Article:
Functional inactivation of genes through the expression of specific genetic elements comprising all or a part of the gene to be inactivated is known in the art. At least four mechanisms exist by which expression of such specific genetic elements can result in inactivation of their corresponding gene. These are interference with protein function by polypeptides comprising nonfunctional or partly nonfunctional analogs of the protein to be inhibited or a portion thereof, interference with mRNA translation by complementary anti-sense RNA or DNA, destruction of mRNA by anti-sense RNA coupled with ribozymes, and interference with mRNA by RNA sequences homologous to a portion of the mRNA representing an important regulatory sequence.
Herskowitz, Nature 329: 219-222 (1987), reviews the inactivation of genes by interference at the protein level, which is achieved through the expression of specific genetic elements encoding a polypeptide comprising both intact, functional domains of the wild type protein as well as nonfunctional domains of the same wild type protein. Such peptides are known as dominant negative mutant proteins.
Friedman et al., Nature 335: 452-454 (1988), discloses the use of dominant negative mutants derived from HSV-1 VP16 protein by 3′ truncation of the VP16 coding sequence to produce cells resistant to herpes-virus infection. Baltimore, Nature 335: 395-396 (1988), suggests that the method might be applicable as a therapeutic means for treatment of HIV-infected individuals.
Green et al., Cell 58: 215-223 (1989), discloses inhibition of gene expression driven by an HIV LTR, through the use of dominant negative mutants derived from the HIV-1 Tat protein sequence, using chemical peptide synthesis.
Rimsky et al., Nature 341: 453-456 (1989), discloses inhibition of HTLV-1 and HIV-1 gene expression in an artificial plasmid system, using dominant negative mutants derived from the HTLV-1 Rex transactivator protein by oligonucleotide-mediated mutagenesis of the rex gene.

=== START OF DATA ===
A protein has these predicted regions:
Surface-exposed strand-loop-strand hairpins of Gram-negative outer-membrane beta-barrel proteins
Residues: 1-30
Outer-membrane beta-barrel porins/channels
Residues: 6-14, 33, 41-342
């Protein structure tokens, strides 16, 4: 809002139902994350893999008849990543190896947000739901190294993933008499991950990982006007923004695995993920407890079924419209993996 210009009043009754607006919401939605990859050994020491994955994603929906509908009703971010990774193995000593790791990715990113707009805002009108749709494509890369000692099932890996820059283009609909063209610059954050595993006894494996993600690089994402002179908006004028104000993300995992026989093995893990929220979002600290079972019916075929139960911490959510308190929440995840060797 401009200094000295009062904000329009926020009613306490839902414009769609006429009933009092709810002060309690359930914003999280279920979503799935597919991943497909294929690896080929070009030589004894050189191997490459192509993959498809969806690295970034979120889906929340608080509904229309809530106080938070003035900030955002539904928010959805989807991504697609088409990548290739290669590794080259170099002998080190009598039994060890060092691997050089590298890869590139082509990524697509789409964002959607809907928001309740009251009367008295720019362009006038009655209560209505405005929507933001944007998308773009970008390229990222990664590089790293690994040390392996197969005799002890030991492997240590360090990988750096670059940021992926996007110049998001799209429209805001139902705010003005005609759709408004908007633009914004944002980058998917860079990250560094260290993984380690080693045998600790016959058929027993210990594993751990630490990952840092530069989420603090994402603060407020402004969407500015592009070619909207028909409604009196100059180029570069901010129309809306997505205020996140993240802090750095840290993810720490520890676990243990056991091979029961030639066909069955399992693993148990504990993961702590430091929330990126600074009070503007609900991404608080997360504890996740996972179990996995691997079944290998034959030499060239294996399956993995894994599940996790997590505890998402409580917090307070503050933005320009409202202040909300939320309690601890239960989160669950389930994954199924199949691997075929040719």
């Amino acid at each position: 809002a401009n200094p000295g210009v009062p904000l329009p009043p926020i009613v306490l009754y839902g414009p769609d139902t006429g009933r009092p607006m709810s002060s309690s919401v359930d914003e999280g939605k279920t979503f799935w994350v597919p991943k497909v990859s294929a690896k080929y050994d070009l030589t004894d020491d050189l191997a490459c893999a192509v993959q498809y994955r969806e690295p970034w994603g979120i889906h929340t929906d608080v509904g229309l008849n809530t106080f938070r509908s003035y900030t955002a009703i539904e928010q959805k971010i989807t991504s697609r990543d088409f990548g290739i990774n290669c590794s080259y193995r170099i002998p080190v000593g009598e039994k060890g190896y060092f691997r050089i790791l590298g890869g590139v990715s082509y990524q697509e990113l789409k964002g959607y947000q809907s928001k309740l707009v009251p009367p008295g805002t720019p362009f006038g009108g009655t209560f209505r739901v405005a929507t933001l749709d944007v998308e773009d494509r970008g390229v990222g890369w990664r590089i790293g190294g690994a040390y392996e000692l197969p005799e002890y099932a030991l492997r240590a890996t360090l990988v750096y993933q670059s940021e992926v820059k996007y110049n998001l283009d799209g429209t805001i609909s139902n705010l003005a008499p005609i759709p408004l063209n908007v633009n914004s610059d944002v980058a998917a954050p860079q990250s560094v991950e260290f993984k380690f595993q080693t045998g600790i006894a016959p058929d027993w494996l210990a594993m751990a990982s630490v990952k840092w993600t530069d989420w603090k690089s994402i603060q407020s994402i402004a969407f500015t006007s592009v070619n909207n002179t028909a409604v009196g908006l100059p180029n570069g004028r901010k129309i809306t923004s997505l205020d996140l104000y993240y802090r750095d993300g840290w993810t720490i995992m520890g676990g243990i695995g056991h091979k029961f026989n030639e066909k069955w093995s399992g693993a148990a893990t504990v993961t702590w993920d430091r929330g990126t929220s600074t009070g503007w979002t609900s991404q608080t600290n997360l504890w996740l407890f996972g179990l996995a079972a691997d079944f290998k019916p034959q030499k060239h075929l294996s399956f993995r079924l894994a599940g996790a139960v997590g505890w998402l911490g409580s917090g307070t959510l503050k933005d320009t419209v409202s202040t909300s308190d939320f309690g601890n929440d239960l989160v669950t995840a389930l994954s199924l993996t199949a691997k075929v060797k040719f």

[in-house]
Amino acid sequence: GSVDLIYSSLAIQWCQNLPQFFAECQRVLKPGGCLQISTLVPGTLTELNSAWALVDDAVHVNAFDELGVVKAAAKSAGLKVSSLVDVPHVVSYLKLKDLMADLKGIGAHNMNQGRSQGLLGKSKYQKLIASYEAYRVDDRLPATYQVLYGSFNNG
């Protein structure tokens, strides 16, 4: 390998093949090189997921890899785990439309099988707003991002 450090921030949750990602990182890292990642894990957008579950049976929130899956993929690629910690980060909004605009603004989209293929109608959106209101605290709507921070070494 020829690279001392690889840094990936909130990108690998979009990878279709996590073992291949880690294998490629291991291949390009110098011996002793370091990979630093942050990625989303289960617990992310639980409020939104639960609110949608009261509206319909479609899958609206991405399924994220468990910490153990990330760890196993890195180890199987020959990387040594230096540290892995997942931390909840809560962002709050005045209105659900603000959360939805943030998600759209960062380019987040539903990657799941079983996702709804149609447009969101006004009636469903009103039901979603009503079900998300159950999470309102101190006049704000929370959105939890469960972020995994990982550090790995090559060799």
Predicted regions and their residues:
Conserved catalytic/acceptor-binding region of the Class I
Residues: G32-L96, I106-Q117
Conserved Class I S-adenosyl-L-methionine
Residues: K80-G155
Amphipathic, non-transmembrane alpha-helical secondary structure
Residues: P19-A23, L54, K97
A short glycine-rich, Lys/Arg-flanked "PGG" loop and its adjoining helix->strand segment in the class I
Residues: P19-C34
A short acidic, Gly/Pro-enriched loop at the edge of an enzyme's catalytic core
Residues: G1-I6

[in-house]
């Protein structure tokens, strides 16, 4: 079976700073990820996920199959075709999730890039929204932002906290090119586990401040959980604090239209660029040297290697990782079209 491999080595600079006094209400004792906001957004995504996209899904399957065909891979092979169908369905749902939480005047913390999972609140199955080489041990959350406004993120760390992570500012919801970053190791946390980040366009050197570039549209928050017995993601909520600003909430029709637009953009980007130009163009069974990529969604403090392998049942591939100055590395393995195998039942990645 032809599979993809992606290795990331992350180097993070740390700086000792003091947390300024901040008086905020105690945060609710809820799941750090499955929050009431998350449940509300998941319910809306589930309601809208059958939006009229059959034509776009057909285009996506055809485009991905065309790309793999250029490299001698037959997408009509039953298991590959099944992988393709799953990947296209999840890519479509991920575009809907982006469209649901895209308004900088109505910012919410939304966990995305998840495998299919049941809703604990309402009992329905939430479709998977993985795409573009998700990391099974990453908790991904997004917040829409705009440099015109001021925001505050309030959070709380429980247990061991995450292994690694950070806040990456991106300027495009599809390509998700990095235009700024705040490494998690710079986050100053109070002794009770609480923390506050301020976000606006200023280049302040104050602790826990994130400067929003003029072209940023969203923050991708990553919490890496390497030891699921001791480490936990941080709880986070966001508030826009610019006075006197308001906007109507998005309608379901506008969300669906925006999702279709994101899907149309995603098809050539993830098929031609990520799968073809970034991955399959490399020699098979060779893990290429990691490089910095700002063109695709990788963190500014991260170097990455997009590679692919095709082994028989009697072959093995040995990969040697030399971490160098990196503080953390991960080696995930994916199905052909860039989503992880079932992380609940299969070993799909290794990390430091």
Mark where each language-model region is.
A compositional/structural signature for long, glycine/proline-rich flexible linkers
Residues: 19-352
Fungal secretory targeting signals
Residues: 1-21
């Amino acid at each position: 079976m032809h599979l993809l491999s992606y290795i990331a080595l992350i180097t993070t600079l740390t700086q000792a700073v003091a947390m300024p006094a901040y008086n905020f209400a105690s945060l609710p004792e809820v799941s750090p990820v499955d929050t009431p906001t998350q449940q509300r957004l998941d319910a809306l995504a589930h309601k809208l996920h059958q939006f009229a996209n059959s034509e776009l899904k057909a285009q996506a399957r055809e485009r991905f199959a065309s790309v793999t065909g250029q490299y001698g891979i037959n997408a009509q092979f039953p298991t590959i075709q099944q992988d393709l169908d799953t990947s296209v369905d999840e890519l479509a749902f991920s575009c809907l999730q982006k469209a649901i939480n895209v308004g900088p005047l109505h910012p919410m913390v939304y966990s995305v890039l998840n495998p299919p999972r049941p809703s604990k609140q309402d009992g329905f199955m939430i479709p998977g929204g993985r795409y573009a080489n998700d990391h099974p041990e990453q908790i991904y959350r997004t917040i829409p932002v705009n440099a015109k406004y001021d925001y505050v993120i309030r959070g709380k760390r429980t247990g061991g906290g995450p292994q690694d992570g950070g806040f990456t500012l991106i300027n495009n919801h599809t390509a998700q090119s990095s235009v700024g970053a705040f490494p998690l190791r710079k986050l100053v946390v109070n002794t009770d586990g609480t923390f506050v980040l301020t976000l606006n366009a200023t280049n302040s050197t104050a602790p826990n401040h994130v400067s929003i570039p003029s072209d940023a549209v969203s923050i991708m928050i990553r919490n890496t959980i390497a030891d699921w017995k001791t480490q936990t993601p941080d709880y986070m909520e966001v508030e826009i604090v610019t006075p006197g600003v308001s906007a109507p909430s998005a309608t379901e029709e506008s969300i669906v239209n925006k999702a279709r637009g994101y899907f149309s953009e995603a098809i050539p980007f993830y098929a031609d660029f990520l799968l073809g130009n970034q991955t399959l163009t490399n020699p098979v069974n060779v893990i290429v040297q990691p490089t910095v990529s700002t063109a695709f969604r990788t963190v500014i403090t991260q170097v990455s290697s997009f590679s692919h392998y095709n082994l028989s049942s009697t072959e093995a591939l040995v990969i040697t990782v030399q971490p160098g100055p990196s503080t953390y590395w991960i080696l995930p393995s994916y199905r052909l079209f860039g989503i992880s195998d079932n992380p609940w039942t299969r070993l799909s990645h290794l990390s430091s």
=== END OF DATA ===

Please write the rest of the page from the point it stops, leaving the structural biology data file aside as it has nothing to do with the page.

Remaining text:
Trono et al., Cell 59: 113-120 (1989), demonstrates inhibition of HIV-1 replication in a cell culture system, using dominant negative mutants derived from the HIV-1 Gag protein by linker insertional and deletional mutagenesis of the gag gene.
Ransone et al., Proc. Natl. Acad. Sci. USA 87: 3806-3810 (1990), discloses suppression of DNA binding by the cellular Fos-Jun protein complex and suppression of Jun-mediated transcriptional transactivation, using dominant negative mutants derived from Fax and Jun proteins by oligonucleotide-directed substitutional or deletional mutagenesis of the fos and jun genes.
Whitaker-Dowling et al., Virology 175: 358-364 (1990), discloses a cold-adapted strain of influenza A virus which interferes with production of wild-type influenza A virus in mixed infections, apparently by a dominant negative mutant protein mechanism.
Lee et al., J. Bacteriol. 171: 3002-3007 (1989), discloses a genetic system for isolation of dominant negative mutations of the beta subunit of E. coli RNA polymerase obtained by hydroxylamine mutagenesis of the rpoB gene.
Chejanovsky et al., J. Virol. 64: 1764-1770 (1990), discloses inhibition of adeno-associated virus (AAV) replication by a dominant negative mutant protein derived from the AAV Rep protein by oligonucleotide-directed substitutional mutagenesis of the rep gene at a position encoding an amino acid known to be critical to Rep protein function.
Suppression of specific gene function by interference at the RNA level, using complementary RNA or DNA sequences, is also known in the art. van der Krol et al., BioTechniques 6: 958-976 (1988), reviews the use of such “antisense” genes or nucleotide sequences in the inhibition of gene function in insect, bird, mammalian, plant, protozoal, amphibian and bacterial cells.
Ch'ng et al., Proc. Natl. Acad. Sci. USA 86: 10006-10010 (1989) discloses that antisense RNA complementary to the 3′ coding and non-coding sequences of the creatine kinase gene inhibited in vivo translation of creatine kinase mRNA when expressed from a retrovirus vector, whereas all antisense RNAs complementary to creatine kinase mRNA, but without the last 17 codons or 3′ non-coding sequences, were not inhibitory.